joe mendel

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Everything posted by joe mendel

  1. This is a mirror based on a England piece from the 18th century. Curly maple, dyed using Lipton tea bags, wafer thin coat of BLO, blonde shellac as a top coat. The back was constructed from ten pieces of poplar in a ship-lapped fashion. It came out as good as I wanted to upon completion. I really like it when my craftsmanship reflects nicely back at me.
  2. The veneer was hammered and hide glue on the curved surfaces, and the center drawer and two center doors were hide glue and veneer press.
  3. Berkshire Veneer in MA is the best experience that I have had consistently. When in a pinch I will drive the thirty minutes to Certainly Woods in Aurora, NY, but the mgr there Greg Engle is not the most accommodating of salesman. It is like I am putting him out by stopping buy to purchase; it must be they prefer mail order customers to do-drop-ins.
  4. The book you have is Good Better, Best. The color version is Good Better, Best, Masterpiece. Both are indispensable when trying to get a client to see things, " my way is the right way." I also made the people who worked my gallery for me to know the book, and more importantly, how to convey quality to a perspective buyer.
  5. There is a long toothed rookie trying to make a name for himself this upcoming baseball season; he has special needs on his personal bat style. Hopefully he doesn't break the bat.
  6. People often think I am joking when I say that I can not afford my own work. I have been fortunate to have cultivated a clientele which allows me the opportunity to use my apprenticeship, formal education, and creative desires. All of my best work sits in others homes, but that affords me a home of my own.
  7. I made a pair of sideboards based on a piece in Good, Better, Best , Masterpiece by Albert Sacks. They are mahogany, with holly, ebony, lacewood and poplar. The finish is about 15 coats of super blonde shellac, which were rubbed out with pumice and rottenstone, and then obviously waxed. I am sorry to have to watermark the pictures, but photos of mine that have been on this forum have been used by someone who claimed my work as his own. Pictures when I am in the shots have no watermark, and I hope that the other pictures are not obstructing the view of the work. The hardbound book that I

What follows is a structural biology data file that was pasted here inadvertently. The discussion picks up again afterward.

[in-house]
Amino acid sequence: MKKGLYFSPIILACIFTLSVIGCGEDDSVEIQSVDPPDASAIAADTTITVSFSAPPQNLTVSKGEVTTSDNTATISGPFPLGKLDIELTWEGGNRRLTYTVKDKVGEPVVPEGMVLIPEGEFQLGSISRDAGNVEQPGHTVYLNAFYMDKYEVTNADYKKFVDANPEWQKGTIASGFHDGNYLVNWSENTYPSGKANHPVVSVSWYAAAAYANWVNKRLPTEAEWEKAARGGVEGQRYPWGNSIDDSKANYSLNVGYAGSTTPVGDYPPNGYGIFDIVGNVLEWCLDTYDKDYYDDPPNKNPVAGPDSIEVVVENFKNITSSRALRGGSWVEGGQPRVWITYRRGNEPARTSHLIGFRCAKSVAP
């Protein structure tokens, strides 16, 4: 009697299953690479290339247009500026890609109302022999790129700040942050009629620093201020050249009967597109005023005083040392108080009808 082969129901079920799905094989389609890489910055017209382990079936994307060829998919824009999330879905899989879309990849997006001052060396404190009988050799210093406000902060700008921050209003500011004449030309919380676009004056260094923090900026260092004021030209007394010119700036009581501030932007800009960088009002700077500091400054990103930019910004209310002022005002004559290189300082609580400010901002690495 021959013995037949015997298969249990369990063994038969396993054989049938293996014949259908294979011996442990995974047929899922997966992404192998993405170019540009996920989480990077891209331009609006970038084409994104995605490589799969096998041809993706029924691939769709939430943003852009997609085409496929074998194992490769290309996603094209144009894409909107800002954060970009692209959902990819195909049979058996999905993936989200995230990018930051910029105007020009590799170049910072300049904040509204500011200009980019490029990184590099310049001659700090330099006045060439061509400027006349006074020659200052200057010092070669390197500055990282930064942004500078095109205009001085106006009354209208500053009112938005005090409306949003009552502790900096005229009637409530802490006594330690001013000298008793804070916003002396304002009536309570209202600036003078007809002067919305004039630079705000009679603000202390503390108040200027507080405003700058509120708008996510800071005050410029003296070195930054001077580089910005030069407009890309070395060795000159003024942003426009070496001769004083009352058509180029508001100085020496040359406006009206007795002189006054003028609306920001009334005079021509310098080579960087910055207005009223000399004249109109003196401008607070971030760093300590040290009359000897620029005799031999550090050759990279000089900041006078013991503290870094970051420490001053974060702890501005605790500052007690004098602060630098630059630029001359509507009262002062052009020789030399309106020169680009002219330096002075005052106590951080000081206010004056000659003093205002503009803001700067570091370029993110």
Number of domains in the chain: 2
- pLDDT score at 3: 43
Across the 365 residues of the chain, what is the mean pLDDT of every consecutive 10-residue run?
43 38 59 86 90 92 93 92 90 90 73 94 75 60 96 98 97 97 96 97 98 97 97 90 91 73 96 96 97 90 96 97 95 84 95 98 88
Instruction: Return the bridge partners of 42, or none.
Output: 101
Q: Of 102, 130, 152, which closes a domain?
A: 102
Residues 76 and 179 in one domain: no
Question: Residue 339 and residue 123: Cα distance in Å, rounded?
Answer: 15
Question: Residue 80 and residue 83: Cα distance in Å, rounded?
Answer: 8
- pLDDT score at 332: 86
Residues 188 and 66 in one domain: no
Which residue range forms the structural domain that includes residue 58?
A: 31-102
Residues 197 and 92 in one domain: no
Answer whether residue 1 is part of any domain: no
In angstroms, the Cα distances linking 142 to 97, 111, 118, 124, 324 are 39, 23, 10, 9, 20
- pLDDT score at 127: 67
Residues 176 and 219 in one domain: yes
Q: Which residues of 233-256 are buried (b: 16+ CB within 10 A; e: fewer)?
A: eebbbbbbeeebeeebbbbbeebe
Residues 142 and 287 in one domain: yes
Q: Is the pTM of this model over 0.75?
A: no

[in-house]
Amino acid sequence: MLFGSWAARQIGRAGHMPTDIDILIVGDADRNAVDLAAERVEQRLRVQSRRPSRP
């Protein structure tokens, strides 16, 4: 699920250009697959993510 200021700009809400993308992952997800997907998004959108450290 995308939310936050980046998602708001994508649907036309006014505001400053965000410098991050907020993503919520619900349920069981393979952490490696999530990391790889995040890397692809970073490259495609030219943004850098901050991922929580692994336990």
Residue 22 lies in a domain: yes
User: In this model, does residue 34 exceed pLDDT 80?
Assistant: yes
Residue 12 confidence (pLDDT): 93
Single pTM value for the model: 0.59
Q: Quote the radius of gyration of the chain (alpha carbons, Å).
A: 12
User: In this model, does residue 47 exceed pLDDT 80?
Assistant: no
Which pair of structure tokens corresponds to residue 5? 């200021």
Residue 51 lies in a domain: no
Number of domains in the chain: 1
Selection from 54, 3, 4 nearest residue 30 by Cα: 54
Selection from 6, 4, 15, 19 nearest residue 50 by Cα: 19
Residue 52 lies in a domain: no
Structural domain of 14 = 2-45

8. Aspiration is easy, it is the perspiration and frustration you need to prepare to encounter. I knew that I was taking photos for instructional purposes, so I adhered paper to show the lines more clearly. It is not cheating to simply carve over the paper template, in lew of pencil lines on Honduran mahogany, which are hard for some eyes to distinguish.
  9. There is three times as much thought process as the actual physical process. My wife thinks that I'm flashing back to the 70's sometimes when I am deep into thinking and staring into space. Thanks for the props on the work.
  10. I sat on the idea for about 15 years before I had a break of time to do the project.
  11. OK, I am giving away a shop secret here folks; go put me put of business. This should be self explanatory in the photos. There is a continuity issue which should be easy to overlook, I was making multiple boards with varying design differences. The main concert of how to set up jigs and fixtures for productions runs is the point of the upload. I hope it helps your future needs for a jig or a process. Go forth and sawdust...